These times of need are not just physical needs, such as finances or health, but spiritual needs, such as times of temptation. Significantly, it is in the time of greatest temptation that we will feel least worthy to approach the throne of grace. With the tempter’s temptations running through our minds, we may feel dirty and unworthy to ask God for help. That is when we must realize that our great High Priest, Jesus Christ, knows just how badly we need His mercy and grace and is ready to answer our cry to Him.
Remember, God does not give us a spirit of fear, but one of power, love and a sound mind:
2 Timothy 1:6-7 Wherefore I put thee in remembrance that thou stir up the gift of God, which is in thee by the putting on of my hands. 7 For God hath not given us the spirit of fear; but of power, and of love, and of a sound mind.
He also has not given us a spirit of bondage:
Romans 8:15 For ye have not received the spirit of bondage again to fear; but ye have received the Spirit of adoption, whereby we cry, Abba, Father.
He also is not the author of confusion:
1 Corinthians 14:33 For God is not the author of confusion, but of peace, as in all churches of the saints.
Take note: if your feelings lead you into bondage, they are not coming from God. If they make you feel jumbled and confused, they also are not coming from God. Of course, these statements must be taken in context of Scripture. Sometimes, on the surface, God’s way may seem like bondage, but it is not bondage. Following Jesus is never bondage.
God also has not given us a spirit of fearfulness about following Him. He wants us to step out as He leads and obey Him.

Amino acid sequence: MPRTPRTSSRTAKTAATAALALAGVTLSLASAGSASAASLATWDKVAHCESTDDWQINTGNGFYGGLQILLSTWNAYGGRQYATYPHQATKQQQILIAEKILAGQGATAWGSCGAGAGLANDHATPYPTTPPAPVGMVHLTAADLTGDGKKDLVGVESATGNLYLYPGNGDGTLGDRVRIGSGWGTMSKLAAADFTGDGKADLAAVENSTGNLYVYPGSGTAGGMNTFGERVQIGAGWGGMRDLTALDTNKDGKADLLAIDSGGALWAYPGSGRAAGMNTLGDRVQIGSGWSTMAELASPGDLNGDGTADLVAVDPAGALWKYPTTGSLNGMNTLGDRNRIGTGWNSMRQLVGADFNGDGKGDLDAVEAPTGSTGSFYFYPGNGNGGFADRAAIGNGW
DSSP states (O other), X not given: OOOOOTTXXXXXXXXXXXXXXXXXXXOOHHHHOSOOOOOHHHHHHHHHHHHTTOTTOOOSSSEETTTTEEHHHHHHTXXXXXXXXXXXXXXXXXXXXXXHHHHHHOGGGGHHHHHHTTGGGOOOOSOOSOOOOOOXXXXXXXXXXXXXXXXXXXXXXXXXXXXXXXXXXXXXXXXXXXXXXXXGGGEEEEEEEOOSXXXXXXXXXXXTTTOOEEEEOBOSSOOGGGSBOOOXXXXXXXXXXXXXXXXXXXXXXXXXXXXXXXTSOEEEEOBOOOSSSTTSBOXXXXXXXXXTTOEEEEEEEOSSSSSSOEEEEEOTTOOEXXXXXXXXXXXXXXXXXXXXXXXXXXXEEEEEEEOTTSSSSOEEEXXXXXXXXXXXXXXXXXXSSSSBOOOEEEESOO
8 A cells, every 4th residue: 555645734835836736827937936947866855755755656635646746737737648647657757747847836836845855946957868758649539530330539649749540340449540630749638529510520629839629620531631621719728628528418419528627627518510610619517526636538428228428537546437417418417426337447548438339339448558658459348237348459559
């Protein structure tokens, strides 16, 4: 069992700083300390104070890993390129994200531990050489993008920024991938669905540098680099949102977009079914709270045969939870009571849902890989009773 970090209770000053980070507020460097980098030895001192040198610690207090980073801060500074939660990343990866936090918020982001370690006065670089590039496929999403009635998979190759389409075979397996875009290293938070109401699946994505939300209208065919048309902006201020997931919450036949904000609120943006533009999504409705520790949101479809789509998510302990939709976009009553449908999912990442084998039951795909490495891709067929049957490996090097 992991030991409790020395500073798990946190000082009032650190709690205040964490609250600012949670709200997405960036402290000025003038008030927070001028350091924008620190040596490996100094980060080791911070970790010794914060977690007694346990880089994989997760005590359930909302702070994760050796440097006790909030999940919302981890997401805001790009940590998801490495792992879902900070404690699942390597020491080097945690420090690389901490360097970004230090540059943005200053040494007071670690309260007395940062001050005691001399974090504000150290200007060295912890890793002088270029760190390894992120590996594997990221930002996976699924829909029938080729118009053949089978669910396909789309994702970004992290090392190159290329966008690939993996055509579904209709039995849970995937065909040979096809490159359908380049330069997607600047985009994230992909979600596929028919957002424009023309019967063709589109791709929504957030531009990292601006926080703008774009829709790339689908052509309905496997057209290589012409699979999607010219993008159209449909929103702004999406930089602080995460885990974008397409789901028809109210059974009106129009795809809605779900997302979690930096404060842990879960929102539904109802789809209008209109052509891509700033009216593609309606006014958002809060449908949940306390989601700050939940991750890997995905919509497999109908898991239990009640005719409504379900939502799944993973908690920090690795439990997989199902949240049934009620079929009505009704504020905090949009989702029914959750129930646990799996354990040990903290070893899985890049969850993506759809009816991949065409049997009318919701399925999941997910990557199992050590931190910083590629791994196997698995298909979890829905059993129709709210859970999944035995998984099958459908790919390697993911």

So, going back to the first passage, how do we know if we love in deed and truth so we can assure our hearts?
1 John 5:1-3 Whosoever believeth that Jesus is the Christ is born of God: and every one that loveth him that begat loveth him also that is begotten of him. 2 By this we know that we love the children of God, when we love God, and keep his commandments. 3 For this is the love of God, that we keep his commandments: and his commandments are not grievous.
Between these two passages from 1 John, we see that by obeying God’s commands, we can know how to love in deed and in truth. God’s commands include instructions about how to love one another, how to treat one another and how to have a great relationship with others. I am thankful that we don’t have to guess about whether or not we love others enough. We can know!
We also need to be careful about following “convictions” that have no direct command in Scripture. “Convictions” may actually be guilt trips that Satan or one of his agents have placed on us. I don’t mean that all convictions are false—God references personal convictions in Romans 14—but we must be sure that God has actually instructed us to have our convictions. I have had first-hand experience with this, coming from long years of bondage and guilt trips from commandments of men. It is why God has commanded us to ignore the commands of men.
Love God and keep His commands, and then you can have confidence toward God!